Russia changes the rules of warfare, perfecting 'hybrid war'

  1. Hybrid warfare isn't new but recent intensity is
  2. Former NATO leader: "We have all experienced some form of hybrid warfare and now is the time to fight back."
  3. Russian general: "Wars no longer ... follow the pattern that we are accustomed to"

Russia under Vladimir Putin has become a leading exponent of military and non-military tactics to launch what would otherwise be war — a concept known as “hybrid war” – from the annexation of Crimea to social media misinformation and, apparently, the use of chemical weapons in Britain.

Russia’s hybrid strategy combines military force and more subtle tactics designed to thwart the ambitions of rivals, according to Russian military officials and Western analysts who watch Moscow. Tactics deployed include the use of conventional and special military operations; propaganda; economic and diplomatic pressure; and assassinations.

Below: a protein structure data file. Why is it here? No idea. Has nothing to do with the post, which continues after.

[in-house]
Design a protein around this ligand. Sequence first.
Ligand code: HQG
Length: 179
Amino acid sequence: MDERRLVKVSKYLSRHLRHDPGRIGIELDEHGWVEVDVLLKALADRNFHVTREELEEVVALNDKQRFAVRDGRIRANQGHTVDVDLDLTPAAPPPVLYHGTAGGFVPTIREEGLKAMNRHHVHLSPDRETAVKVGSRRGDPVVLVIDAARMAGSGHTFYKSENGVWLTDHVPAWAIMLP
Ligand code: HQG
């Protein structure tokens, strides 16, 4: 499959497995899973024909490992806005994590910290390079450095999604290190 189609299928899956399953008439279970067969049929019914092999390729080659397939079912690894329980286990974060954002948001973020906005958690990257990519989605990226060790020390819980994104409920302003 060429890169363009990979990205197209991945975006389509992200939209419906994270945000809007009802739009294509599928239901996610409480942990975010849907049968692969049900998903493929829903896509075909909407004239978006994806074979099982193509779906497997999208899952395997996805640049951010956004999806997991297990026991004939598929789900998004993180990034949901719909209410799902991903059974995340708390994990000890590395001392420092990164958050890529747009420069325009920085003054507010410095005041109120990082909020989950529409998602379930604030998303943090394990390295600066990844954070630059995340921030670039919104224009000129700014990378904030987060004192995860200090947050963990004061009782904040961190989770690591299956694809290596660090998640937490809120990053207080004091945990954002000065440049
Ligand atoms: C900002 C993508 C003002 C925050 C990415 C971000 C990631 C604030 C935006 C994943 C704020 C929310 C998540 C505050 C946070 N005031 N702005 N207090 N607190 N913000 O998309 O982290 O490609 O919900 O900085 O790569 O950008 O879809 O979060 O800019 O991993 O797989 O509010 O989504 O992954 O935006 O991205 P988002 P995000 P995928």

At its heart is often a certain deniability – such as the “little green men” who appeared in Crimea and Ukraine without military identification but were clearly deployed by Russia. That’s a military manifestation of the hybrid strategy along with the use of pro-Russian militias to destabilize eastern Ukraine, not to mention the universal conclusion of American security agencies that Russia used social media and other non-lethal tactics to interfere in the 2016 U.S. elections.

“The beauty of the Putin strategy is that it is tailored to individual countries, in particular individual ways. There isn’t one strategy for everyone,” said Jonathan Eyal, associate director at the Royal United Services Institute (RUSI), a security think tank.